About 2 years ago my precious daughter went to be with the LORD at the age of 15 months (her picture is on this blog in the death category). It continues to be a great comfort to me that I will see her again in heaven just as David is currently with his own precious son. For those of you who will find themselves someday ministering to couples who lost a child, I HIGHLY recommend James Bruce's book - From Grief to Glory. It contains journal entries from some of the founding fathers of the protestant faith who lost children (banner of truth did a book review and also recommended the book). While it doesn't deal specifically with children of non-believers it does give insight into the struggles of those of us who have lost little children and provides an immeasureable amount of hope as you watch others move through the grief with their eyes on Christ and their hope in heaven.

Tim, thanks for dealing with a difficult issue with grace, truth, and tact. It has been a pleasure to read these posts as I remember my dear Abigail

Ross, I appreciate the question. Here is one answer, from a respected source.

J. G. Vos, Studies in the Covenant of Grace:

“Many orthodox Reformed theologians have held, as a matter of opinion, that all infants dying in infancy are saved. Those who hold this opinion (Warfield, Hodge, Shedd) base it on the general consideration such as the great mercy of God, the fact that infants have only original sin (never having committed actual transgression), the truth that God’s election unto eternal life is absolutely free and not limited by any conditions, etc. It is usually admitted that this view that all infants are saved cannot be proved or demonstrated in the sense that the doctrine of justification by faith can be demonstrated, for the Bible is silent on the subject. It is also generally admitted that the Bible warrants us in saying that the salvation of covenant infants is a certainty, whereas in the case of non-covenant infants we are not warranted in speaking of the certainty of their salvation, but may at most entertain a probably hope of it based on such general considerations as are mentioned above. . . Only the Reformed theology affords any ground whatever for even a probably hope that all infants will be saved, for only the Reformed theology teaches that salvation proceeds wholly from God and not at all from man. . . On this basis, and on this basis alone, can we entertain a probable hope of the salvation of all infants dying in infancy.”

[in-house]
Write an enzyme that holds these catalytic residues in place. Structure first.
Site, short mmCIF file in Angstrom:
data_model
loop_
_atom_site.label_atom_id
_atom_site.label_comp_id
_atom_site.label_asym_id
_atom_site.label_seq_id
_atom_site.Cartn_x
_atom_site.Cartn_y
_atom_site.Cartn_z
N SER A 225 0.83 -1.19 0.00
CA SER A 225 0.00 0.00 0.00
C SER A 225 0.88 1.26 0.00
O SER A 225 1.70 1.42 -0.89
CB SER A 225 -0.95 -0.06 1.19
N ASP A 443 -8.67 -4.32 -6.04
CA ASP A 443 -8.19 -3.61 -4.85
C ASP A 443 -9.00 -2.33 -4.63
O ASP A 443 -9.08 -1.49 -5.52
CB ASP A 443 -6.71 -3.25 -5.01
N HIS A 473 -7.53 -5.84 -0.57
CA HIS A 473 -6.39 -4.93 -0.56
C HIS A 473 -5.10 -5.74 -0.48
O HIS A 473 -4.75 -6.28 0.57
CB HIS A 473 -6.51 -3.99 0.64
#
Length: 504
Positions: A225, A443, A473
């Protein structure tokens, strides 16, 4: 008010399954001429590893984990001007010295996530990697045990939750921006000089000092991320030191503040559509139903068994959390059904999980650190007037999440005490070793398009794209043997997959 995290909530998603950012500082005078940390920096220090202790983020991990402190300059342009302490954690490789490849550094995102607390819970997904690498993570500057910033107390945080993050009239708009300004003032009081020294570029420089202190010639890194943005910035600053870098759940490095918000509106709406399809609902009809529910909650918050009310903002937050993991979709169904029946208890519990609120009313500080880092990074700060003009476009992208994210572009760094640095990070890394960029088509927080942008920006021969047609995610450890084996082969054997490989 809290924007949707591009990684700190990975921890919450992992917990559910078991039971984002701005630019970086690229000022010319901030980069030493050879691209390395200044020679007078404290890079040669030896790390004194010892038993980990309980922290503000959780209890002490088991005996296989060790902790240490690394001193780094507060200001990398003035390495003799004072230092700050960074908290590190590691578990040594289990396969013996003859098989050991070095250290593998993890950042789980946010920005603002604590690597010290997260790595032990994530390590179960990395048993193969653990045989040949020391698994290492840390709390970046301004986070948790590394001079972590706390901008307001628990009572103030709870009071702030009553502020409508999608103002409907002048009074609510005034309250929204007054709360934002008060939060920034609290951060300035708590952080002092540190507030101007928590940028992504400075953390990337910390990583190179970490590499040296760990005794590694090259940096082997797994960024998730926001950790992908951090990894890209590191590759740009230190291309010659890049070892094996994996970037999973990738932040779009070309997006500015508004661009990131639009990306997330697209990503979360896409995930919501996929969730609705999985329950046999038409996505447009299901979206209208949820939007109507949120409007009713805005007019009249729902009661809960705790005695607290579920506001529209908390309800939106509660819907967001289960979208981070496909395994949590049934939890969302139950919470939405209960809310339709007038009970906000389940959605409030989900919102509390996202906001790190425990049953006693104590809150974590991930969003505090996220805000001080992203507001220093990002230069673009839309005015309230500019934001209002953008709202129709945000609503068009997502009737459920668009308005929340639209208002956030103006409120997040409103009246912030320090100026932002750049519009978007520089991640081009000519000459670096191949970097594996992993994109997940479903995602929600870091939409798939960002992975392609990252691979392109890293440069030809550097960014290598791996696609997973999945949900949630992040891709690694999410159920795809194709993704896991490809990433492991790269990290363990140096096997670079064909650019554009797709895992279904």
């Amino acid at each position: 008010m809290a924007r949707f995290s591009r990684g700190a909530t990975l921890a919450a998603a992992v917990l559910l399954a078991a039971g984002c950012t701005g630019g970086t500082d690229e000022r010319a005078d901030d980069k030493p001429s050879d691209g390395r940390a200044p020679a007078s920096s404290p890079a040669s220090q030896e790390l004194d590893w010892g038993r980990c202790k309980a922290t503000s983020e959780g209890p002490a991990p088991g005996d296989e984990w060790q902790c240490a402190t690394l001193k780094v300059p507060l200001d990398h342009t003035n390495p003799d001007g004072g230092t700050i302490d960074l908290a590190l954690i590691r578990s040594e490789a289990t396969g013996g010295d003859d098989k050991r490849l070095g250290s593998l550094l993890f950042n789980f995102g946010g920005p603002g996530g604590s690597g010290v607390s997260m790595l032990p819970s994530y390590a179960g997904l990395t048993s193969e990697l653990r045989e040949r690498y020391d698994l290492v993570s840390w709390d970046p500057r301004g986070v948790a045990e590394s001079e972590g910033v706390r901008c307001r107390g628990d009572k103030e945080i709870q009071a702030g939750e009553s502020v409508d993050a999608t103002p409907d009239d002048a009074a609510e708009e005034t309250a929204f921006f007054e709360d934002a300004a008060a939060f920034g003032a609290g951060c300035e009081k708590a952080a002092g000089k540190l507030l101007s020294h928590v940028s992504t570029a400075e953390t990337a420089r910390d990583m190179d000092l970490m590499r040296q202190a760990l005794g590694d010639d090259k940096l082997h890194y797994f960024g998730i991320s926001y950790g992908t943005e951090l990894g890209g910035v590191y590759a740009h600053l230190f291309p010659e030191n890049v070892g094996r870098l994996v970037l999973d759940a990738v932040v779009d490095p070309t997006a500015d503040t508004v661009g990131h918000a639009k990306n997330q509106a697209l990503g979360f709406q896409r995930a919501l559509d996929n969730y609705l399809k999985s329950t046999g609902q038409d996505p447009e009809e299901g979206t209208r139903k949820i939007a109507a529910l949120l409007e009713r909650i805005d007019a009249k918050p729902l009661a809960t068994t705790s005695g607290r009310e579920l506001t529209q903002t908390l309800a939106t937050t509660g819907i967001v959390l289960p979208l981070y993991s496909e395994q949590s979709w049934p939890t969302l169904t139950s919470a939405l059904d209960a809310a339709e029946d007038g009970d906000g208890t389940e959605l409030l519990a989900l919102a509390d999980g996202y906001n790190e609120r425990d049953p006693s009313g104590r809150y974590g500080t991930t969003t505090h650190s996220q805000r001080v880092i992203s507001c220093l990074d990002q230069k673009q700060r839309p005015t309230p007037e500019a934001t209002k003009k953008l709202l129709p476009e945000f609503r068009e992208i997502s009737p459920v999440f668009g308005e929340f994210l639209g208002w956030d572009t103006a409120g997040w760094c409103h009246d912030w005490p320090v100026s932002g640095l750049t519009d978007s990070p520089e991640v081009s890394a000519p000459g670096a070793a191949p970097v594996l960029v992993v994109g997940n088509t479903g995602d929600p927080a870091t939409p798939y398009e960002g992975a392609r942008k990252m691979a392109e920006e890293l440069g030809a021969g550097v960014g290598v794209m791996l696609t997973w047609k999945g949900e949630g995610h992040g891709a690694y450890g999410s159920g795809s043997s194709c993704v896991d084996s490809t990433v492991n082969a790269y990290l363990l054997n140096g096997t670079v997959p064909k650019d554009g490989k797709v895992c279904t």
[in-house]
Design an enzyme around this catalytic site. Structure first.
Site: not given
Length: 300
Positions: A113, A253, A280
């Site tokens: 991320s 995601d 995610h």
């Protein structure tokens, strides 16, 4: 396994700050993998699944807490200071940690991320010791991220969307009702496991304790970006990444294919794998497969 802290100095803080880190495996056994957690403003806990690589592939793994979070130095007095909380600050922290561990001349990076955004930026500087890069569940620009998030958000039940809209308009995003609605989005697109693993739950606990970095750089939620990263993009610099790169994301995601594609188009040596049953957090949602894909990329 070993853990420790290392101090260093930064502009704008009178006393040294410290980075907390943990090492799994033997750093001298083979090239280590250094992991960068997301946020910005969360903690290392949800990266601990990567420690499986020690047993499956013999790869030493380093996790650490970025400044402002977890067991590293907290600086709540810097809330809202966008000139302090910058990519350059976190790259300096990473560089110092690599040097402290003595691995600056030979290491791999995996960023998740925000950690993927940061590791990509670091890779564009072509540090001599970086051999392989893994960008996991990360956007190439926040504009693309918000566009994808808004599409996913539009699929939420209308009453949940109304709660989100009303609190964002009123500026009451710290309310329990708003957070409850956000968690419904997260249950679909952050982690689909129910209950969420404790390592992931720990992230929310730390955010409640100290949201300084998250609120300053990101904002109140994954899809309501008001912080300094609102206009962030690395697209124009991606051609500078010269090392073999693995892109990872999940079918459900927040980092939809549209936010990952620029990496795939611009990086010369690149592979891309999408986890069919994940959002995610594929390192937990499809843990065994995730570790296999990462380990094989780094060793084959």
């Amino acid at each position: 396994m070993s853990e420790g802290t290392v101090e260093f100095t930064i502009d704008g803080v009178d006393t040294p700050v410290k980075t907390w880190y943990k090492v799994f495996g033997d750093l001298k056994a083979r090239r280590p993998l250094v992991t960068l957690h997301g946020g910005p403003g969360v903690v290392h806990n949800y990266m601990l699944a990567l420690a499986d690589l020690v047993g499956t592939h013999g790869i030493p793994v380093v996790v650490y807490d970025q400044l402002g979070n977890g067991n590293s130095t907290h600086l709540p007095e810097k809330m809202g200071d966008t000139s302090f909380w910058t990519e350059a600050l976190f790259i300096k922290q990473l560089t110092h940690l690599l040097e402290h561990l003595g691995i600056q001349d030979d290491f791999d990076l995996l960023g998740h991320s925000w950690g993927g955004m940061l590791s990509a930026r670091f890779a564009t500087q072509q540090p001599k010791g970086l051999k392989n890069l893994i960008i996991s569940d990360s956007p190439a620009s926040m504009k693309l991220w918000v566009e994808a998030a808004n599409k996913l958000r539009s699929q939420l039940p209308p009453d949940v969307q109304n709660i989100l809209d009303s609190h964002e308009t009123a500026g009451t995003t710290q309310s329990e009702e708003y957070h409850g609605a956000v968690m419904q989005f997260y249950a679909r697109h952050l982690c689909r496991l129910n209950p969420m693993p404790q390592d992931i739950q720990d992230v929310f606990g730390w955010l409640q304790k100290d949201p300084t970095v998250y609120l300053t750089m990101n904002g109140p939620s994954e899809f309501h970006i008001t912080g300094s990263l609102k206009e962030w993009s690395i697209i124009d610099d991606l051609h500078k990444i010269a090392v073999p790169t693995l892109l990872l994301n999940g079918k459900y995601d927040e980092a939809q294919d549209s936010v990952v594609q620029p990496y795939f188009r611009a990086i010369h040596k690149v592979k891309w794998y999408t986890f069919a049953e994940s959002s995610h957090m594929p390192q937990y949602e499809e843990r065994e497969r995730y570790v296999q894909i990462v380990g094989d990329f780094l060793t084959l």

Hmm. The previous comment was about a post that apparently didn't post. Let me try again:

R. A. Webb, The Theology of Infant Salvation:

"There is a passage in eschatology which indirectly teaches that infants dying in infancy are saved by grace because they are incompetent to stand the only sort of judgment which is revealed in Scripture--a judgment according to works. In the Sermon on the Mount our Lord prophesied that he would say to the damned in the day of judgment, 'Depart from me, ye that
work iniquity' (Matt. vii. 23). . . 'Depart from me, ye cursed, into everlasting fire, prepared for the devil and his angels' (Matt. xxv. 41),
and gives as the ground of this rejection, the fact that they had not ministered unto him. Paul in enumerating classes of persons who would be
excluded from the kingdom of God, says: 'Be not deceived: neither fornicators, nor idolaters, nor adulterers, nor effeminate, nor abusers of
themselves with mankind, nor thieves, nor covetous, nor drunkards, nor revilers, nor extortioners, shall inherit the kingdom of God' (I Cor. vi.9,10). Infants cannot do, nor be, any of these things. Then this apostle lays down the general principle upon which the last judgment is to be conducted: 'For we must all appear before the judgment seat of Christ; that every one may receive the things done in his body, according to that he hath done, whether it be good or bad' (II Cor. v. 10). But the infant dies before it can be a doer of either 'good' or 'bad,' and so cannot be arraigned upon the ground of its personal deeds. In the Apocalypse, ten verses from the end of God's communication to men, John represents Christ as saying: 'Behold, I come quickly; and my reward is with me, to give every man according as his works shall be' (Rev. xvii. 12). It appears from these, and a multitude of similar statements that future and final retribution will be graduated according to 'the deeds done in the body;' but dead infants have been prevented by the providence of God from committing any responsible deeds of any sort in the body, and consequently infants are not damnable upon these premises; and there is no account in Scripture of any other judgment based upon any other grounds. I think therefore that a study of the final judgment entitles us to infer that actual condemnation is always predicated upon actual sin. Original sin renders all the race—adults and infants—damnable; but the judgment scene shows us that damnability is
converted into damnation only upon the ground of actual, personal, and conscious sin--a kind of sin which no infant dying in infancy could commit.

. . . For punishment to be rational and effective, the subject punished must be